This exercise is especially instructive, because it reveals where the "single-payer," universal coverage folks end up. Democrats who run the Wisconsin Senate have dropped the Washington pretense of incremental health-care reform and moved directly to passing a plan to insure every resident under the age of 65 in the state. And, wow, is "free" health care expensive. The plan would cost an estimated $15.2 billion, or $3 billion more than the state currently collects in all income, sales and corporate income taxes. It represents an average of $510 a month in higher taxes for every Wisconsin worker.
Right off the top, it hits the taxpayer right in the wallet. And those are with just the up front tax increases.
Employees and businesses would pay for the plan by sharing the cost of a new 14.5% employment tax on wages. Wisconsin businesses would have to compete with out-of-state businesses and foreign rivals while shouldering a 29.8% combined federal-state payroll tax, nearly double the 15.3% payroll tax paid by non-Wisconsin firms for Social Security and Medicare combined.
OK, now lets hit the businesses in the state by increasing the payroll taxes, which of course adds to their costs and makes them less competitive. They might lay off some of their employees to try to bring that back into balance. That always helps the local economy.
This employment tax is on top of the $1 billion grab bag of other levies that Democratic Governor Jim Doyle proposed and the tax-happy Senate has also approved, including a $1.25 a pack increase in the cigarette tax, a 10% hike in the corporate tax, and new fees on cars, trucks, hospitals, real estate transactions, oil companies and dry cleaners. In all, the tax burden in the Badger State could rise to 20% of family income, which is slightly more than the average federal tax burden. "At least federal taxes pay for an Army and Navy," quips R.J. Pirlot of the Wisconsin Manufacturers and Commerce business lobby.
So now they're going to try to outdo the Feds when it comes to taxes, meaning that over 35% of Wisconsin's workers income will be taken away, meaning they will have less to spend on things like food, clothing, durable goods. That also helps the local economy.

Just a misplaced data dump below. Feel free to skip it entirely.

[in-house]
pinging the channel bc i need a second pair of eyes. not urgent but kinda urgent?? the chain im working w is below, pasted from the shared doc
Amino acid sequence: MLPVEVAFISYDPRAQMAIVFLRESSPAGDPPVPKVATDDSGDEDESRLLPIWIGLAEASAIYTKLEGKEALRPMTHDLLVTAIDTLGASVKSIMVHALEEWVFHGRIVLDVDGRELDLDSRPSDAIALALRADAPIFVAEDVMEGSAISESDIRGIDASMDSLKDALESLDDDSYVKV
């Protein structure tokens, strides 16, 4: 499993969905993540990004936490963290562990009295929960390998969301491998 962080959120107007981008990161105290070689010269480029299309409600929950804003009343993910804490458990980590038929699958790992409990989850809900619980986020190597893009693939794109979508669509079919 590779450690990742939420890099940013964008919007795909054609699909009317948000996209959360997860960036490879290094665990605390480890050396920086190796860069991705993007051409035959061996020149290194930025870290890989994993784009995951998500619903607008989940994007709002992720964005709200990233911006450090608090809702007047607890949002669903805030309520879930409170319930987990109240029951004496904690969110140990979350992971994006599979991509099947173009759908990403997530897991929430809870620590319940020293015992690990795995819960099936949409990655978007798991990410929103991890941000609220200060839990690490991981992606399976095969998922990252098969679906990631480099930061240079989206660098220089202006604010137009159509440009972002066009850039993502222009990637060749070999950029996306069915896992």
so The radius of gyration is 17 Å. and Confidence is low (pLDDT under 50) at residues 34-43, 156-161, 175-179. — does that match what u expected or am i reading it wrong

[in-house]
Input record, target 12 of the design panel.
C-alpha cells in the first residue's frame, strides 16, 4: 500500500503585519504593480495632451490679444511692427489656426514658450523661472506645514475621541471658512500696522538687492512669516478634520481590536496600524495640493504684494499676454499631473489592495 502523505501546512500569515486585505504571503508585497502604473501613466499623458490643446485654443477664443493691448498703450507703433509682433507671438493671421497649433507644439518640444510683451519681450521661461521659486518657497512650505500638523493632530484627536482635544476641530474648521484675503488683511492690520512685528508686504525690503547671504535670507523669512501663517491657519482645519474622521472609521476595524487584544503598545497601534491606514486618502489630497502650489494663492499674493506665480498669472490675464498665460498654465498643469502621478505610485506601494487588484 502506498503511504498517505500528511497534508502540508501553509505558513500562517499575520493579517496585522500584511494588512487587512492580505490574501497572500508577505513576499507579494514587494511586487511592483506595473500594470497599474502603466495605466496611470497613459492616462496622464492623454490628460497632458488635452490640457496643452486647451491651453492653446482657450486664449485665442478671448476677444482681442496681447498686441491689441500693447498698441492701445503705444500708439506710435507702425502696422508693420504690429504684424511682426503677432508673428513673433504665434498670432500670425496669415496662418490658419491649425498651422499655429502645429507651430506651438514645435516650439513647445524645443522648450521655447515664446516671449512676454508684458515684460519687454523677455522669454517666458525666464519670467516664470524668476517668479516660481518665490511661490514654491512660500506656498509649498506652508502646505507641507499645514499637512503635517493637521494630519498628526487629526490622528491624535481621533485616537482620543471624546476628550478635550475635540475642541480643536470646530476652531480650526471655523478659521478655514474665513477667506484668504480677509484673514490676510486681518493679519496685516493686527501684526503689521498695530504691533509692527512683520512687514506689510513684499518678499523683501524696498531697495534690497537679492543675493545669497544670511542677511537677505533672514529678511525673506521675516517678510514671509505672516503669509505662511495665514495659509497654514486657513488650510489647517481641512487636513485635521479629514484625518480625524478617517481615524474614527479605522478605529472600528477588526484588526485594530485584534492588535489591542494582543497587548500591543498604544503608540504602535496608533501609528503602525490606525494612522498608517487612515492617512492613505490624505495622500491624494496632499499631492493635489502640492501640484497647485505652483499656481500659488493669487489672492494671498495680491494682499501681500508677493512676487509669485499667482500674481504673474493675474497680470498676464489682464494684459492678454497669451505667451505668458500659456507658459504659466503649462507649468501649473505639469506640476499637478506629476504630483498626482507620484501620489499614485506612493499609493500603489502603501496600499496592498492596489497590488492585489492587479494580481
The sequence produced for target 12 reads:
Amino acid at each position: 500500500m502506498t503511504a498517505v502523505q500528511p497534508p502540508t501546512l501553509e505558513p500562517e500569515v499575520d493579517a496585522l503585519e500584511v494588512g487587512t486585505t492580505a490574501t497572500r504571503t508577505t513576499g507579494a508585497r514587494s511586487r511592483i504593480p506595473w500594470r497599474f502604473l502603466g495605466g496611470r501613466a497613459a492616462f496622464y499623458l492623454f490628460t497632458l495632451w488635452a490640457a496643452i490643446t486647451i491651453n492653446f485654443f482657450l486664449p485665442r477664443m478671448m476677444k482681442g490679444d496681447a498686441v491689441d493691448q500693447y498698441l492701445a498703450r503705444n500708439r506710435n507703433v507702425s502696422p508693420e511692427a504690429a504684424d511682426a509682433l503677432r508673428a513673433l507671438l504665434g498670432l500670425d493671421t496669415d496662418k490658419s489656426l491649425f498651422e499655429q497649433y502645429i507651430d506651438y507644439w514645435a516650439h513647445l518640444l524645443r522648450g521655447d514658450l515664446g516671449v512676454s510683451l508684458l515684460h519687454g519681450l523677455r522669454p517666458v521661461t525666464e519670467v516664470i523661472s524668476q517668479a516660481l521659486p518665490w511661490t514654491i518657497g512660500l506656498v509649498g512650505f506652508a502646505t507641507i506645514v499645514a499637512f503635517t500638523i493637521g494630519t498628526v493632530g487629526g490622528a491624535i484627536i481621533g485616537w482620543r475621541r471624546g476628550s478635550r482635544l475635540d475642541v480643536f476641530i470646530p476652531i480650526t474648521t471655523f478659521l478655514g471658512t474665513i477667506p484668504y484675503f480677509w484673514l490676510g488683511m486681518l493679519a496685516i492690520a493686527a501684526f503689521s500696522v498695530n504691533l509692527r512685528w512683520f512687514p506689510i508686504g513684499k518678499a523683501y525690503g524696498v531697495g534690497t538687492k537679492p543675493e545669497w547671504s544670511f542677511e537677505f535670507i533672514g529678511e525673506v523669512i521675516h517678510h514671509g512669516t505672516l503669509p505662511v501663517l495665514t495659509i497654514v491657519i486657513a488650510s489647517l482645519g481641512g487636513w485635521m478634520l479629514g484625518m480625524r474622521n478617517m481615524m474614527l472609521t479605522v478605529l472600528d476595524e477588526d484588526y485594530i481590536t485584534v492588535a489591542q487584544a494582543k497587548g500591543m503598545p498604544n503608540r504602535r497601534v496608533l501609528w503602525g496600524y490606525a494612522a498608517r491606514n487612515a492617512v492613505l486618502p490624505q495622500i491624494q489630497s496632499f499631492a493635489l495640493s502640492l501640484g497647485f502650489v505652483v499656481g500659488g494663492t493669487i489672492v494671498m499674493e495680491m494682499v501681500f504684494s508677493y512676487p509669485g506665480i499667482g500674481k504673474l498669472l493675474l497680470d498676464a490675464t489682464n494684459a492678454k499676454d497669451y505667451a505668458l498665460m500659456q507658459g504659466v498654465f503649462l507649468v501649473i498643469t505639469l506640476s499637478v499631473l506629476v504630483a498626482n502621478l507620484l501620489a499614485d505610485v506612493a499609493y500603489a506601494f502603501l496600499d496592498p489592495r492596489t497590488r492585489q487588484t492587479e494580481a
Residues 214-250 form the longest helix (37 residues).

As if that's not enough, the health plan includes a tax escalator clause allowing an additional 1.5 percentage point payroll tax to finance higher outlays in the future. This could bring the payroll tax to 16%. One reason to expect costs to soar is that the state may become a mecca for the unemployed, uninsured and sick from all over North America. The legislation doesn't require that you have a job in Wisconsin to qualify, merely that you live in the state for at least 12 months. Cheesehead nation could expect to attract health-care free-riders while losing productive workers who leave for less-taxing climes.
Oh, yeah! Build in automatic rate hikes to suck even more out of the state's economy. And I doubt very much that the governor and the state legislature have taken into account that the bureaucracy that will run this train wreck will take up more and more of the revenues collected in “administrative costs”, meaning that the old saw about a bureaucracy's only function is to increase its size and decrease its efficiency in an effort to perpetuate itself. The health care system itself will get less and less of the funds as administrative costs rise. That ought to help grow Wisconsin's economy.
I've seen this phenomenon before.
Back in the mid 1970's Massachusetts wasn't trying to run a universal health care system. But the governor and legislature was doing its darnedest to destroy the state's economy by making welfare more generous and far easier to obtain than previously, and they damn near succeeded. Income and sales taxes soared. Property taxes did likewise. Corporate taxes went through the roof. All any of this did was drive businesses out of business our out of state. Many companies pulled up stakes and moved to Maine, New Hampshire, Vermont, anywhere they could escape the ever more onerous taxes and fees being placed upon them by the state. At one point Massachusetts' unemployment rate was almost 14%. The one thing that finally made the state government wake up was when the largest private employer in the state (Digital Corporation) announced it was pulling out and moving all of its operations to New Hampshire and Vermont. Fortunately the governor was not re-elected and a number of voter initiatives took back some control over state and local spending. But Massachusetts suffered the aftereffects of the profligate spending and taxation for years afterwards.
I see it being little different in Wisconsin. The main difference is that the taxpayer's money will be dumped down the black hole of universal “free” health care rather than the incredibly generous welfare system that Massachusetts had back when. But Wisconsin will suffer and its health care system will fail, leaving everybody worse off than before the “free” health care became available.